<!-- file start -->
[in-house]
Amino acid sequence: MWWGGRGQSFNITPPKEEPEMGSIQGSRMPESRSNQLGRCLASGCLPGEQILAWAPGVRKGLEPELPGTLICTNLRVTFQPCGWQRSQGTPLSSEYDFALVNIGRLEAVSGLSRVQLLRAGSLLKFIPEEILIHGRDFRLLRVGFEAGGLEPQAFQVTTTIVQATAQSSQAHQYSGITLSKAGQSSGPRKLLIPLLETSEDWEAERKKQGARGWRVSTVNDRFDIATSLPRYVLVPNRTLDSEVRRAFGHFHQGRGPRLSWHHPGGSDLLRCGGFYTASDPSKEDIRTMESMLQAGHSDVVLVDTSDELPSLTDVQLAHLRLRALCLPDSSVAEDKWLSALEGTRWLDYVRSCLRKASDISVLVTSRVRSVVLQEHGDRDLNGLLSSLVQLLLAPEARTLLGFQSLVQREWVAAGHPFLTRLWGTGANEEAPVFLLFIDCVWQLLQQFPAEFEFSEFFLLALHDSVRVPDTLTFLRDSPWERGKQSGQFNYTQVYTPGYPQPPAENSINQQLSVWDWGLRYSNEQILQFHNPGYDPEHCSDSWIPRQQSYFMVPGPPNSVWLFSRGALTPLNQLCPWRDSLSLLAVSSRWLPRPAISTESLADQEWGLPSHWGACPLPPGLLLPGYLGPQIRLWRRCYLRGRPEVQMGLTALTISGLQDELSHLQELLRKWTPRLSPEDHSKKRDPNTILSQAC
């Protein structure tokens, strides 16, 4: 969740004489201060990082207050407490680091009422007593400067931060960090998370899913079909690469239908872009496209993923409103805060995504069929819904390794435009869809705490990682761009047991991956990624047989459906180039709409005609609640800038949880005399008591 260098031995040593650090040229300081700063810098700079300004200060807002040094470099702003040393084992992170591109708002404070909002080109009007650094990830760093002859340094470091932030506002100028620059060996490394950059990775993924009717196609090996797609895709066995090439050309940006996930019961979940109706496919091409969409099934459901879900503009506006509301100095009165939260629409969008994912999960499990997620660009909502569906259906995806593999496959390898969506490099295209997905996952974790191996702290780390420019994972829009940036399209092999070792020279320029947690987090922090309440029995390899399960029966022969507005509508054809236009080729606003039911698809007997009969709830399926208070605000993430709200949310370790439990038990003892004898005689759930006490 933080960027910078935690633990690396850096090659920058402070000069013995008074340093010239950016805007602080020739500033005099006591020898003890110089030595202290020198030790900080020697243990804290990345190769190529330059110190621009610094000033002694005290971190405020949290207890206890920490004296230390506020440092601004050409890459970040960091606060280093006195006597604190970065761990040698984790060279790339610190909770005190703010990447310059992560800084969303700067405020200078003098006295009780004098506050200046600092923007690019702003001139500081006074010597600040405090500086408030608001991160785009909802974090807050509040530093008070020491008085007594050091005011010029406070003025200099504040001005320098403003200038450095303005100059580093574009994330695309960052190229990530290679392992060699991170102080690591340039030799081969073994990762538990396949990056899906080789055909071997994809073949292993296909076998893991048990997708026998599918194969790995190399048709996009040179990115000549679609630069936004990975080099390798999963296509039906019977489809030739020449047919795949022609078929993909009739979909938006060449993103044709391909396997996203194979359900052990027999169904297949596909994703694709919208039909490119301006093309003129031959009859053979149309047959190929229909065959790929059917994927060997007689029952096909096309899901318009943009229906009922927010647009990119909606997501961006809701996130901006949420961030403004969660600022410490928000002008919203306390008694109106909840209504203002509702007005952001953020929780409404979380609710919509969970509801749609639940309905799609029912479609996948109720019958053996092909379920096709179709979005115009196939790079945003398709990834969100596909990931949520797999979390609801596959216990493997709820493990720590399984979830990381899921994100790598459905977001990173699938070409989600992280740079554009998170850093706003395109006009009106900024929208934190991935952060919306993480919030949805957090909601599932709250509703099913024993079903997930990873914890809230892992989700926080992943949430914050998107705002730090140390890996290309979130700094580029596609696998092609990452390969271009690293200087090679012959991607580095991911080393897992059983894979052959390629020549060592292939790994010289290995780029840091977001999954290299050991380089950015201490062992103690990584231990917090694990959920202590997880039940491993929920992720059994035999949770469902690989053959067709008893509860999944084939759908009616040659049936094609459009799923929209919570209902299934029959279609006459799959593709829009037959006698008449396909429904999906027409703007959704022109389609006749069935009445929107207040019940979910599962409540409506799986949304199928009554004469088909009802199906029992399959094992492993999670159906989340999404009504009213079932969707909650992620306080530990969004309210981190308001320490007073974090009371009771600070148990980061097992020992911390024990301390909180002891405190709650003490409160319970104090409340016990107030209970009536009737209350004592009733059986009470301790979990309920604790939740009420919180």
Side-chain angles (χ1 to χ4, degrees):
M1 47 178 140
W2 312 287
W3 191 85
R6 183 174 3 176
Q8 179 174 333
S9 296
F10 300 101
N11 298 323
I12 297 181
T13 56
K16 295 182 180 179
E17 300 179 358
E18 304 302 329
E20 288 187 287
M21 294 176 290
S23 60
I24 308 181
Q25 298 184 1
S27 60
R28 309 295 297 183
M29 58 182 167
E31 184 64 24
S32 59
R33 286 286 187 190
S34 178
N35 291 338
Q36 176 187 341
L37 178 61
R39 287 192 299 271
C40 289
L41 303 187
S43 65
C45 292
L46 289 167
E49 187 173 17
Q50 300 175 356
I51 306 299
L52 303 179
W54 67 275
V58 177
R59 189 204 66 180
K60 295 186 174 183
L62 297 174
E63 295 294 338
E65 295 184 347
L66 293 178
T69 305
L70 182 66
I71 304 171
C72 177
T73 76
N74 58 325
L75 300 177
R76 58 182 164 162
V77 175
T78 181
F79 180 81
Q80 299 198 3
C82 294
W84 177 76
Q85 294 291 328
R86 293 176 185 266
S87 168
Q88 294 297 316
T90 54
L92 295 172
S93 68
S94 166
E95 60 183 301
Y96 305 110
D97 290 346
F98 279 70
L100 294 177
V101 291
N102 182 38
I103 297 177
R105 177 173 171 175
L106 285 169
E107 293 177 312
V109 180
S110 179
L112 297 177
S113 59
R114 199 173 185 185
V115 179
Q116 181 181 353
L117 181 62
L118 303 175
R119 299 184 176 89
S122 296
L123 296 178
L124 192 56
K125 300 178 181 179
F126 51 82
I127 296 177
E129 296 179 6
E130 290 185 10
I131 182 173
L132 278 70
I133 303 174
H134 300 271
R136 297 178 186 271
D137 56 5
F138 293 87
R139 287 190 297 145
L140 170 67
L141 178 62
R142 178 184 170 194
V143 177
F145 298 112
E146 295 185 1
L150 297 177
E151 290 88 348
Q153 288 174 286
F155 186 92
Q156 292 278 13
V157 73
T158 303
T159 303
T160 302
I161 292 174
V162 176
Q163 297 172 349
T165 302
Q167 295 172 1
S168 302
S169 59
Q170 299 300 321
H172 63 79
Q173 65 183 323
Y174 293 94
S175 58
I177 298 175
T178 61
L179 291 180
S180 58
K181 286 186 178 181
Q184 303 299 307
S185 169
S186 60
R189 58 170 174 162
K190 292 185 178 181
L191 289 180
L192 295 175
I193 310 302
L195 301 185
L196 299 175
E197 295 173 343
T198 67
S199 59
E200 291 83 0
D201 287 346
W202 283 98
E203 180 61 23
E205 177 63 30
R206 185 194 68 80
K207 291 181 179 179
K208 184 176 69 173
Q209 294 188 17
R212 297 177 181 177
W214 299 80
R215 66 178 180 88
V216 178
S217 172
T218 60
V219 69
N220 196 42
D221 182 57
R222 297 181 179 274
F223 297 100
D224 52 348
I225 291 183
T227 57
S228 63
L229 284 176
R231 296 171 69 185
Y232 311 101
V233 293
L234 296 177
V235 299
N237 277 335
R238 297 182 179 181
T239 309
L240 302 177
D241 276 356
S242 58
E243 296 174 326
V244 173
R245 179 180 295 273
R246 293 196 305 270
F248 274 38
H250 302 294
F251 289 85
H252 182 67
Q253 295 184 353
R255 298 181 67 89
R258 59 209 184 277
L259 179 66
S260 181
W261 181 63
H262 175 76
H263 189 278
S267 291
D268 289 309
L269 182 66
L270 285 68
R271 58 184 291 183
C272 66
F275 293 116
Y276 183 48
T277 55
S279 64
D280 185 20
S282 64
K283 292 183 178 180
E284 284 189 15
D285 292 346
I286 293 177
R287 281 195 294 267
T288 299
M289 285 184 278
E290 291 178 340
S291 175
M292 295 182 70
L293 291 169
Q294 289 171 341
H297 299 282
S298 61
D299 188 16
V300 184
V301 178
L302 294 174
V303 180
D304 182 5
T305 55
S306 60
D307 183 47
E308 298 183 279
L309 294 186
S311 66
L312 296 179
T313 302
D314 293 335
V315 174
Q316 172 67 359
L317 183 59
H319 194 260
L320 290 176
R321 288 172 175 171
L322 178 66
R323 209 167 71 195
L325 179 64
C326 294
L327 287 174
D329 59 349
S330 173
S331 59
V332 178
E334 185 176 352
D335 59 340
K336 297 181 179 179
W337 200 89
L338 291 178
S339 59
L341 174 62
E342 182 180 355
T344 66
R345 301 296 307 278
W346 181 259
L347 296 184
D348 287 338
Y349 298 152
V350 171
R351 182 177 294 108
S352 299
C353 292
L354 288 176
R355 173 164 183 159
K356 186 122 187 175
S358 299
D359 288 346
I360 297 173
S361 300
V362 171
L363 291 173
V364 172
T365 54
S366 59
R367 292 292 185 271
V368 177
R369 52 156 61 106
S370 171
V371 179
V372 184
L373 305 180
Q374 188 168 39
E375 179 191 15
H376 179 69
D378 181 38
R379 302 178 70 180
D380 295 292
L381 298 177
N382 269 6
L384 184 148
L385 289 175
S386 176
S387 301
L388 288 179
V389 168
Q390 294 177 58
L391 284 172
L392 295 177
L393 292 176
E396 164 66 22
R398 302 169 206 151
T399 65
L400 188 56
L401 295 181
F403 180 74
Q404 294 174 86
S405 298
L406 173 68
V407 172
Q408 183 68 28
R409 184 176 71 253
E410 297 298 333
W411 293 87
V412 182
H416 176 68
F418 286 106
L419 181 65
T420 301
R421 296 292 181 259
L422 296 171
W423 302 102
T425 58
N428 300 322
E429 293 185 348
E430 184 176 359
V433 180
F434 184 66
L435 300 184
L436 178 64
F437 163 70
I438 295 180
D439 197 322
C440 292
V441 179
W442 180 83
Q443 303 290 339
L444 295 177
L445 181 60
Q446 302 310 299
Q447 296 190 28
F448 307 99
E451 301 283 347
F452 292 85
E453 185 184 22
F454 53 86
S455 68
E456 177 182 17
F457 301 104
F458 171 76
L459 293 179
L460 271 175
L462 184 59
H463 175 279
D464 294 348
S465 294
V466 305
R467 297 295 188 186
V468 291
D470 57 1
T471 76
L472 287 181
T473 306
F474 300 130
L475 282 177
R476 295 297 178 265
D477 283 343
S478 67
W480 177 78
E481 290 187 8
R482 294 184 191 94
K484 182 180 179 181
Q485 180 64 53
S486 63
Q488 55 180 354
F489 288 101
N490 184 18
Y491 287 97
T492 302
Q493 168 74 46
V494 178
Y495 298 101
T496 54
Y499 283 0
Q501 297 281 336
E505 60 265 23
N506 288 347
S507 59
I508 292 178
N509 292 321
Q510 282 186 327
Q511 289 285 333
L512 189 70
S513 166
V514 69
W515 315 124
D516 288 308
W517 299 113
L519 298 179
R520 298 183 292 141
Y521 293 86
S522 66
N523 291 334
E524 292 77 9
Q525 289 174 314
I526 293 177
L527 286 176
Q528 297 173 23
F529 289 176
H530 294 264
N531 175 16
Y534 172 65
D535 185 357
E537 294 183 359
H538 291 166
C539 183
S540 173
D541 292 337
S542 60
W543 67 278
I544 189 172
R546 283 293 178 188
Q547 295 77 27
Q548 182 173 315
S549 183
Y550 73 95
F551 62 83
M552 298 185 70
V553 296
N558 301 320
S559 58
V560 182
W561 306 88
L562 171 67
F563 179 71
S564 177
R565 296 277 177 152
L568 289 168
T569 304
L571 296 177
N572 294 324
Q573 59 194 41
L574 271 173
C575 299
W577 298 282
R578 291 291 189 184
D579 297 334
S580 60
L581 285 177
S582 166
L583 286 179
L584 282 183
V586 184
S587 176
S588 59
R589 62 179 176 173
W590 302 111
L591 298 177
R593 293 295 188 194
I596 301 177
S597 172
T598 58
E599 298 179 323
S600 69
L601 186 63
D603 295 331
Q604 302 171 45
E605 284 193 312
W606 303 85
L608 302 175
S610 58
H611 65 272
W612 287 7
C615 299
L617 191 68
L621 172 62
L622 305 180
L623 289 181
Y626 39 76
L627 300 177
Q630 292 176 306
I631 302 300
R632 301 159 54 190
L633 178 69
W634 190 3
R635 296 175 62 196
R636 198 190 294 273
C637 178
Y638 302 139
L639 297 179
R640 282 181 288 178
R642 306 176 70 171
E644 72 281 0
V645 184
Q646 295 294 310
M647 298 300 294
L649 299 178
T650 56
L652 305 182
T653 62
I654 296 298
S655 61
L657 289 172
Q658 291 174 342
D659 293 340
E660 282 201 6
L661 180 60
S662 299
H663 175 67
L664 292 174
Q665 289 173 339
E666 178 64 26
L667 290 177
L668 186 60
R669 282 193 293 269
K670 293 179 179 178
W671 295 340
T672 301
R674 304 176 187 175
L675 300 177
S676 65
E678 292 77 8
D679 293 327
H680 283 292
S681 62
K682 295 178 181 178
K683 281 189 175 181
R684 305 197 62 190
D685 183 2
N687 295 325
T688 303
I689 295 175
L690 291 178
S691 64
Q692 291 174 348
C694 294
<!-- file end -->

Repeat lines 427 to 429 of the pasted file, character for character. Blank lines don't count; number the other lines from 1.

H530 294 264
N531 175 16
Y534 172 65